In the FSA context, the two circuits that have considered the issue directly have held that an action must be remanded for resentencing where there was no indication that the district court intended to impose a term of supervised release above the proper statutory minimum. United States v. Hilson, 538 F. App'x 15, 18 (2d Cir.2013) (following the recommendation of both parties and holding that the district court's lack of discussion about a lesser term of supervision warranted remand); United States v. Ryals, 503 F. App'x 478, 481 (7th Cir.2013) (concluding that the district court's failure to apply the FSA when imposing supervised release was not harmless error). The Fourth Circuit came to a different conclusion in United States v. Alston, 722 F.3d 603, 606 n. 4 (4th Cir.2013), cert. denied, ––– U.S. ––––, 134 S.Ct. 808, 187 L.Ed.2d 611 (2013), but its one-sentence analysis was dicta because Alston forfeited the issue on appeal.

The district court's error affected Wilson's substantial rights because there is a reasonable probability that the error affected the outcome of the sentencing proceedings. See United States v. Marcus, 560 U.S. 258, 262, 130 S.Ct. 2159, 176 L.Ed.2d 1012 (2010). The district court did not explain its reasons for imposing the five-year term of supervised release. However, the district court did impose a prison term that was substantially below the Guidelines range of imprisonment, and thus there is a reasonable probability that the court did not intend to impose a term of supervised release that was above the statutory minimum.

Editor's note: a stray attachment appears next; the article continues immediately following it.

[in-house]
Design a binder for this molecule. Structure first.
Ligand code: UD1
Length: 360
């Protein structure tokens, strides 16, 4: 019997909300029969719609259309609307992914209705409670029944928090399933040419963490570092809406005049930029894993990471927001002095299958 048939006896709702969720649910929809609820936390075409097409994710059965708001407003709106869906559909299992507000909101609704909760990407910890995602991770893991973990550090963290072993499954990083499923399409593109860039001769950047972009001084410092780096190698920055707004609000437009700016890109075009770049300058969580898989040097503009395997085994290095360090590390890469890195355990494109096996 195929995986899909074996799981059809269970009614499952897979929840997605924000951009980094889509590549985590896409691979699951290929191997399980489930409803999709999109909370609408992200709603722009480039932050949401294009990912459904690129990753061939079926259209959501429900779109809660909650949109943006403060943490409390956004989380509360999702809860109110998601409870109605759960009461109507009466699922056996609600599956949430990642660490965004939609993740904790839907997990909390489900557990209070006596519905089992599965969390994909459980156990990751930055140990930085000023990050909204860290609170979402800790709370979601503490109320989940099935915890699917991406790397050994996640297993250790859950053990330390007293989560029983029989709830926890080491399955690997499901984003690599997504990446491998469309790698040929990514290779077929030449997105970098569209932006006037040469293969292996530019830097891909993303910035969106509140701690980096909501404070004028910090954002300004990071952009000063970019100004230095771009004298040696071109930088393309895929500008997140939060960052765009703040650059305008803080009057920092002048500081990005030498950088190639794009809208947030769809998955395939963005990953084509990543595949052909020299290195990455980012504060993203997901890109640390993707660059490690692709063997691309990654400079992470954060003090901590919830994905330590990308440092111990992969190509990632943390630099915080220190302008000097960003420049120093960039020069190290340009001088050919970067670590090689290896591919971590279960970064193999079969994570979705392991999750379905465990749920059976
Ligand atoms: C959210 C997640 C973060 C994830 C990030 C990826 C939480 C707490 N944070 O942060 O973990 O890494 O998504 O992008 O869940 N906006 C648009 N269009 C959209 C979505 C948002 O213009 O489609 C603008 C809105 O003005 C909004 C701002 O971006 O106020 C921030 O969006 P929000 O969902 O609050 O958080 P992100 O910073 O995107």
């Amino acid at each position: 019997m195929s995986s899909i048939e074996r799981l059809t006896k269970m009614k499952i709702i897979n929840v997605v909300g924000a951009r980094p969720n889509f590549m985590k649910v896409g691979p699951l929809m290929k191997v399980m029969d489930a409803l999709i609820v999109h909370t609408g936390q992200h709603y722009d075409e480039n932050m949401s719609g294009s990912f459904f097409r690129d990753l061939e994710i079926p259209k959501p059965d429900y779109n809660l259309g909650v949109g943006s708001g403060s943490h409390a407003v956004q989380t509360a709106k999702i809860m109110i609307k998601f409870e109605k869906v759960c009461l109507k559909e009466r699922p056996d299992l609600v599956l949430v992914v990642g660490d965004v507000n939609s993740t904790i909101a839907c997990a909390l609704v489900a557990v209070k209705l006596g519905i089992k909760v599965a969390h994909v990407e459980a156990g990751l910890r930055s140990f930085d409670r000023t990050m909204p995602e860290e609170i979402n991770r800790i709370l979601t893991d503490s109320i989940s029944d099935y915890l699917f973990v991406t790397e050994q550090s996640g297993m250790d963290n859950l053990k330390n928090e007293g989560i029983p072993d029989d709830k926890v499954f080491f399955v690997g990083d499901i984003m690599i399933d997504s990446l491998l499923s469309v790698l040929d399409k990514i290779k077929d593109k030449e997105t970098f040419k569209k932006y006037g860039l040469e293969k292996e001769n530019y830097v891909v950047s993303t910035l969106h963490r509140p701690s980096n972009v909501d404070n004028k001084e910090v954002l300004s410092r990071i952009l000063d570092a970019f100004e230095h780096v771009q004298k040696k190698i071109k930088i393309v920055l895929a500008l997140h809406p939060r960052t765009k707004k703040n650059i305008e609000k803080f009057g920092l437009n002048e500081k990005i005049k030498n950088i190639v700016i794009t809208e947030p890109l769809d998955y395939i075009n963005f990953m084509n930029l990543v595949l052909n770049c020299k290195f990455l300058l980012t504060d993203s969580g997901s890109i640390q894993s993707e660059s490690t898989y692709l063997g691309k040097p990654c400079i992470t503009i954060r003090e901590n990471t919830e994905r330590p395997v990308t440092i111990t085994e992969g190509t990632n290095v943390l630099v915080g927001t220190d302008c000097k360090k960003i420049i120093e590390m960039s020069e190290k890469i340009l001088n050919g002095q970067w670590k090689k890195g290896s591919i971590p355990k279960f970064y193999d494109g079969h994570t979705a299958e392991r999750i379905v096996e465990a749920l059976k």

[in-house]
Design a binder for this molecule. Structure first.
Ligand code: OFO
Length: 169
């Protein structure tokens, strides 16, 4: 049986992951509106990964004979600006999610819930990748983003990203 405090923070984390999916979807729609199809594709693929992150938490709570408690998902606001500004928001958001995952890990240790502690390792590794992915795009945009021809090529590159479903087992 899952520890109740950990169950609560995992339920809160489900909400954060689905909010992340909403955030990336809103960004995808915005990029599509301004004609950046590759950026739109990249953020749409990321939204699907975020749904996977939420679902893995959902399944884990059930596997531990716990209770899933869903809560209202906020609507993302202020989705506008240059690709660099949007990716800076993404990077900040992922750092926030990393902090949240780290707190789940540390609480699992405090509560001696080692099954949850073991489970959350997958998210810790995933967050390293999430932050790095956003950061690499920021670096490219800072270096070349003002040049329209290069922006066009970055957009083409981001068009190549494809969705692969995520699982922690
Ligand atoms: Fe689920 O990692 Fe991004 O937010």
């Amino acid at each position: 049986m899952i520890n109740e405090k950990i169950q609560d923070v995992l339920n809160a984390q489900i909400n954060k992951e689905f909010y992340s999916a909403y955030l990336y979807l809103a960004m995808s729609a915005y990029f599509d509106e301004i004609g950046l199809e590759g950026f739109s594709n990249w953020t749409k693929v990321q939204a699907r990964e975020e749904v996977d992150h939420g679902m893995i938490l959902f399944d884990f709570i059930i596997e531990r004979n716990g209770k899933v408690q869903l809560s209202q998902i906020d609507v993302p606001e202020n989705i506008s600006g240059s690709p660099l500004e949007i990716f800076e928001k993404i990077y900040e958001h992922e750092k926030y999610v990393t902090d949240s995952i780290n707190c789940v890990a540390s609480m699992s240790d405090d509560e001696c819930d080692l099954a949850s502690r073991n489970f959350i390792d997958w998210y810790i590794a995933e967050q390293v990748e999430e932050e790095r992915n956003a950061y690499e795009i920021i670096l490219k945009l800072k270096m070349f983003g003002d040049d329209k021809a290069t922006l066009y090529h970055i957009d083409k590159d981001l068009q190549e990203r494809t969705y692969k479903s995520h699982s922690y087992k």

Finally, the district court's error affected the fairness, integrity, and public reputation of the judicial proceedings. See Inman, 666 F.3d at 1004. A defendant's right to due process is violated where, as here, the sentencing judge relied on erroneous information. See United States v. Wilson, 614 F.3d 219, 225 (6th Cir.2010). Thus, it is appropriate for us to exercise our discretion and conclude that the fourth factor weighs in Wilson's favor. See id.

Accordingly, we vacate the district court's judgment as to Wilson's term of supervised release, and we grant the government's motion to remand the action to the district court for necessary proceedings consistent with this order.